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21 July, 2015 - 17:15
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Once you have a clear and useful question, you can start looking for answers. There are two main aspects to seeking new knowledge. One is "what do people know about this?" There are all sorts of resources out there that reflect what other people know, understand, believe, or do. It is possible that you may need to discover information that nobody knows, in which case your inquiry may become a research project - those who have written extensively about inquiry tend to conclude that inquiry-based learning and research follow essentially the same process - but most likely you will find that others have asked similar questions and discovered things that you will find very useful.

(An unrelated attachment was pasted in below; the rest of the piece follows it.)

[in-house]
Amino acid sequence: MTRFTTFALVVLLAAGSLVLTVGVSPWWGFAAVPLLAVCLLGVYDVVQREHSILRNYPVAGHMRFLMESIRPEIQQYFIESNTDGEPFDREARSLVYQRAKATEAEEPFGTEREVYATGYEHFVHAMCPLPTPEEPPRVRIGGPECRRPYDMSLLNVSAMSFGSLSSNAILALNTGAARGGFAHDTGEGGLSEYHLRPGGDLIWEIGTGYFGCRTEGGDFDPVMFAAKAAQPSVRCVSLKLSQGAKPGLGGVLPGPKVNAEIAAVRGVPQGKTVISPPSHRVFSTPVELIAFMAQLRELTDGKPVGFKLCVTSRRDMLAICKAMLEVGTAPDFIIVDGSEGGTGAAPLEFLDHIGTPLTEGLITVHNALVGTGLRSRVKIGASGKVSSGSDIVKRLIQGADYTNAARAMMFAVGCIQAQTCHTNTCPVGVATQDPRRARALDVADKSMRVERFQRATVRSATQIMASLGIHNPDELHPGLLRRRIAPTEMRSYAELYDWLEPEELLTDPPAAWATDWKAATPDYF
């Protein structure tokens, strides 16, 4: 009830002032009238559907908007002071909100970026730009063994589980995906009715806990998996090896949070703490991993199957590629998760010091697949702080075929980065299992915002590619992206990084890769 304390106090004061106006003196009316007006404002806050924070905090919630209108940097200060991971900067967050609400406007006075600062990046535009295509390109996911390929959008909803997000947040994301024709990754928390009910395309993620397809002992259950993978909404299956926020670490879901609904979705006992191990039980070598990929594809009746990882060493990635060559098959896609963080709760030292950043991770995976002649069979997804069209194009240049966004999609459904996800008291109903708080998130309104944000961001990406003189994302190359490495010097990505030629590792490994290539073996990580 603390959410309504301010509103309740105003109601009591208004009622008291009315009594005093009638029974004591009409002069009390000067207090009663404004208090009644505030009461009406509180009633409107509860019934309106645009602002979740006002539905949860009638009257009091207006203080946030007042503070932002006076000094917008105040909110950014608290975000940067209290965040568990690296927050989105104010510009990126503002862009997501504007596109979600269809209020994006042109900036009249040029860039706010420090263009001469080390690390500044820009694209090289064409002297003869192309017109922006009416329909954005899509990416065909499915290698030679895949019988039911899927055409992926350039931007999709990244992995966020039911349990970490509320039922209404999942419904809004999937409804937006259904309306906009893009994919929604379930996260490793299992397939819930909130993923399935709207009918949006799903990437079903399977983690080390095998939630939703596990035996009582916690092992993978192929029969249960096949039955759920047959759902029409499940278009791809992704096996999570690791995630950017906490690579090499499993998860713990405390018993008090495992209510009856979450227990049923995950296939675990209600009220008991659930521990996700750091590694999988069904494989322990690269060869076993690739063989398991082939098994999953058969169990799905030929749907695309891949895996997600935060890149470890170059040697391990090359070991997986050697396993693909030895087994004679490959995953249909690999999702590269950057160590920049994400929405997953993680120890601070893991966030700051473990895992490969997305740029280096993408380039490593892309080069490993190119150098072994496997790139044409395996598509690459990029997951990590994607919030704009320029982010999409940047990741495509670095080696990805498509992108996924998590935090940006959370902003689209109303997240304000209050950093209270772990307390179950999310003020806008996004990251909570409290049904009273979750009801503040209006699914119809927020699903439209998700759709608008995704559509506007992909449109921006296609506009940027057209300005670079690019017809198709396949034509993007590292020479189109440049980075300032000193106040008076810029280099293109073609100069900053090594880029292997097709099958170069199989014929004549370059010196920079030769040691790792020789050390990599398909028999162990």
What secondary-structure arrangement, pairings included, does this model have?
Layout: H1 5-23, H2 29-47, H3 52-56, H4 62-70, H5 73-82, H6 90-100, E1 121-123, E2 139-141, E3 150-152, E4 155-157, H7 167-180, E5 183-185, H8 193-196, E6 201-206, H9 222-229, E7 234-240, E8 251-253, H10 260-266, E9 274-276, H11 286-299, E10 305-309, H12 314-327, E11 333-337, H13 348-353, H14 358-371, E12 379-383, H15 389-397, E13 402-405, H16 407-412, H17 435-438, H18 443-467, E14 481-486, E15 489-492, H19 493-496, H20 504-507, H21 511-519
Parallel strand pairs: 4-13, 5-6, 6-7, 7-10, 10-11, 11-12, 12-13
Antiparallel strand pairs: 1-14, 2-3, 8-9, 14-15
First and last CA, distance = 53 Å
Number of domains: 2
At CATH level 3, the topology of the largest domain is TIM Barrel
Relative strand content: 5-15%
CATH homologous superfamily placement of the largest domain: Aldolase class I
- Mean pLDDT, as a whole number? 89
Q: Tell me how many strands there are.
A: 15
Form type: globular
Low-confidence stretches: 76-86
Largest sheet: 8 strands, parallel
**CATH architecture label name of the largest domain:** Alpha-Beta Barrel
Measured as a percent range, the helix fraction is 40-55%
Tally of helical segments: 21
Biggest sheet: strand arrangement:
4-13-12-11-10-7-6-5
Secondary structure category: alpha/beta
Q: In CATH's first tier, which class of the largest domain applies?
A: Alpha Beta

The other aspect to consider is "what do I already know?" In order to make sense of "what people know," you have to connect it to what you know, understand, believe and do. You may feel that you know nothing at all that can be connected to learning about music, but if you broaden your ideas about useful knowledge and useful connections, you will find that you do have starting points for your investigation, as well as a "tool kit" of approaches to learning about it.

If you are not certain what knowledge and skills you already have that might help you be successful in your music inquiry, try the inquiry in the Ways of Knowing about Music module. If you would like some practice locating resources and evaluating their usefulness and trustworthiness for your investigation, try the Finding and Evaluating Resources for Music Inquiries module.